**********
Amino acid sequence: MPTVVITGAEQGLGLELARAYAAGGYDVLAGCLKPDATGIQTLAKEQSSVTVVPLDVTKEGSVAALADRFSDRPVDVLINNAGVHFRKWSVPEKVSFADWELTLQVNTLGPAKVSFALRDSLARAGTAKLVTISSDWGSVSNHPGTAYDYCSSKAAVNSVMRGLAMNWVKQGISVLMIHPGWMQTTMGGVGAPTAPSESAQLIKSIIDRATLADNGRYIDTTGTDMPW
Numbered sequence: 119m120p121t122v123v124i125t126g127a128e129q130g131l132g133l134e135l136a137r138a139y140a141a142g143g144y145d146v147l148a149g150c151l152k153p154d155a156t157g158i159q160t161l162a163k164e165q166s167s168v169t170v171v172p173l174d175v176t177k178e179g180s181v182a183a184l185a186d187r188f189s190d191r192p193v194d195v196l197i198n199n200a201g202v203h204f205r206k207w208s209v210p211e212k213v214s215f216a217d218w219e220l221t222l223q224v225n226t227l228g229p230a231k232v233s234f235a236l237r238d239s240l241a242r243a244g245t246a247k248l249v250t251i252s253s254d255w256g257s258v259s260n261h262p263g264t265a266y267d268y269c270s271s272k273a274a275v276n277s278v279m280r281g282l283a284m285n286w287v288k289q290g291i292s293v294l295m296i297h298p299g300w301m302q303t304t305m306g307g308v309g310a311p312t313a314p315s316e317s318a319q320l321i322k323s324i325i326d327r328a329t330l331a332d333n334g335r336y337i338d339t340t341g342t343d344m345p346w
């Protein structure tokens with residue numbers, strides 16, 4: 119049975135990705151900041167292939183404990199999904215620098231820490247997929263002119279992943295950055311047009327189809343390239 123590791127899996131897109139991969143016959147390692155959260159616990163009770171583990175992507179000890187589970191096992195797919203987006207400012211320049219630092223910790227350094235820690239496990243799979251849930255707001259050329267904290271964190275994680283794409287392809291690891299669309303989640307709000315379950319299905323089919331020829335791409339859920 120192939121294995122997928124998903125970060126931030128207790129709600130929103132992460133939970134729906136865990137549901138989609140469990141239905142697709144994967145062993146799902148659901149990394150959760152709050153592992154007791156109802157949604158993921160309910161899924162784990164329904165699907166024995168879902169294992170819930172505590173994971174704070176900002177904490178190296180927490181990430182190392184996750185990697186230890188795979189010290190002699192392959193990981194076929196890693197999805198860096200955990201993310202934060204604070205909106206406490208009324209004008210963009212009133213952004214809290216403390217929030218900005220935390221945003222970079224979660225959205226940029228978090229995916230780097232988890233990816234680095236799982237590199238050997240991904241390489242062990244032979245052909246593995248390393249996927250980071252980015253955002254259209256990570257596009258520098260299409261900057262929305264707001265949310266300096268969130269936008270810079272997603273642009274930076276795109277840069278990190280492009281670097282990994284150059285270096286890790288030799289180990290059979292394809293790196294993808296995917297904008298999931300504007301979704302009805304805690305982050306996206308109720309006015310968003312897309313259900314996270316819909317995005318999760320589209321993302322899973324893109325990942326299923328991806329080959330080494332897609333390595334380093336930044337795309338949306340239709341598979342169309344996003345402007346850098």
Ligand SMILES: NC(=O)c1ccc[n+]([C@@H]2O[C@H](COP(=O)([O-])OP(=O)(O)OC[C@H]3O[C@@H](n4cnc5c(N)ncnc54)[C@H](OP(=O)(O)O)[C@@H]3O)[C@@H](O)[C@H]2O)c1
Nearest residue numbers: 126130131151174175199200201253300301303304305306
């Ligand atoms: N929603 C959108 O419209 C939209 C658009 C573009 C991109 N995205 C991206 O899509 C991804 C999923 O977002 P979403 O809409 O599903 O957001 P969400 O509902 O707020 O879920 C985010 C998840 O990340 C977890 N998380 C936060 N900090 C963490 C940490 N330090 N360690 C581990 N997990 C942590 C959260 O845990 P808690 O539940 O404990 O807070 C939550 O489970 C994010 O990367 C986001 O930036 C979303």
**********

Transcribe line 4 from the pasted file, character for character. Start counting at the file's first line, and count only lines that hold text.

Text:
Ligand SMILES: NC(=O)c1ccc[n+]([C@@H]2O[C@H](COP(=O)([O-])OP(=O)(O)OC[C@H]3O[C@@H](n4cnc5c(N)ncnc54)[C@H](OP(=O)(O)O)[C@@H]3O)[C@@H](O)[C@H]2O)c1